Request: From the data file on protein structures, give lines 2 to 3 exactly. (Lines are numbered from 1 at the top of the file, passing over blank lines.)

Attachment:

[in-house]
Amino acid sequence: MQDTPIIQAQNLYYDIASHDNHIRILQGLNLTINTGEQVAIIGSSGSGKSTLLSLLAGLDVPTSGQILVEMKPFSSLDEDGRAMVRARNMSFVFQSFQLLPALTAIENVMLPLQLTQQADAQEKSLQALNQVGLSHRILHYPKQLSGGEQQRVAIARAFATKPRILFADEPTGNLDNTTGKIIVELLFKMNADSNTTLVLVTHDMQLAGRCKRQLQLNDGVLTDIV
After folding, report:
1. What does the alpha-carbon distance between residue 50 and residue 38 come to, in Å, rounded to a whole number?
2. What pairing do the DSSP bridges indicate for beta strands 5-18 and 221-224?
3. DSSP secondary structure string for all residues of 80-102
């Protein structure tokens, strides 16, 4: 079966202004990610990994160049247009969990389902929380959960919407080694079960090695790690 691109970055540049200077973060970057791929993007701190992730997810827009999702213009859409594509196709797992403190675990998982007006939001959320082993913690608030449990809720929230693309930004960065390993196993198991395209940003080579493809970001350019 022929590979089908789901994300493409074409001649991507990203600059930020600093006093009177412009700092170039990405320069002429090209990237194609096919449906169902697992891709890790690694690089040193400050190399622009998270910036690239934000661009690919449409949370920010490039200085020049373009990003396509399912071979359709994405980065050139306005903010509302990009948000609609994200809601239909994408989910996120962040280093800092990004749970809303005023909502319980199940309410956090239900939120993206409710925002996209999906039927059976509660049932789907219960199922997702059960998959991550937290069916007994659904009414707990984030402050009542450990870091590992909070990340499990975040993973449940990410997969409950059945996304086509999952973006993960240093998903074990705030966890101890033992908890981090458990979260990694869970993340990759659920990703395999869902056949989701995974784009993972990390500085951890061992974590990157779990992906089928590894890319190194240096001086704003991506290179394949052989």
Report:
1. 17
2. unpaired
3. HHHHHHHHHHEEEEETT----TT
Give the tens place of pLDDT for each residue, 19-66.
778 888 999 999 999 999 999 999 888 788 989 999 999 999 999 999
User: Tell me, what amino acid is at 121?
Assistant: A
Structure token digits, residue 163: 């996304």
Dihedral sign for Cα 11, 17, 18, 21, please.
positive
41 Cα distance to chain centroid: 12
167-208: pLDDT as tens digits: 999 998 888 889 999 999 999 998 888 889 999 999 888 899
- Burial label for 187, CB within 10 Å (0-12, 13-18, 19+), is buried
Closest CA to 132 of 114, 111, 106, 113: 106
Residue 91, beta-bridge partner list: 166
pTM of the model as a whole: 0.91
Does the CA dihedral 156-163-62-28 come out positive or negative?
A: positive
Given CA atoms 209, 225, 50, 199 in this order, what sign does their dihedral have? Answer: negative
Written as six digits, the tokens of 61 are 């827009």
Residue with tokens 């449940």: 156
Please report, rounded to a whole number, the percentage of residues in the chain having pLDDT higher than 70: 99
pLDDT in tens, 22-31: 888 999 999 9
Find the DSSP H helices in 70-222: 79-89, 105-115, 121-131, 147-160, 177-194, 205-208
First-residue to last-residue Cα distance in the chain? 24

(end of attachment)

Amino acid sequence: MQDTPIIQAQNLYYDIASHDNHIRILQGLNLTINTGEQVAIIGSSGSGKSTLLSLLAGLDVPTSGQILVEMKPFSSLDEDGRAMVRARNMSFVFQSFQLLPALTAIENVMLPLQLTQQADAQEKSLQALNQVGLSHRILHYPKQLSGGEQQRVAIARAFATKPRILFADEPTGNLDNTTGKIIVELLFKMNADSNTTLVLVTHDMQLAGRCKRQLQLNDGVLTDIV
After folding, report: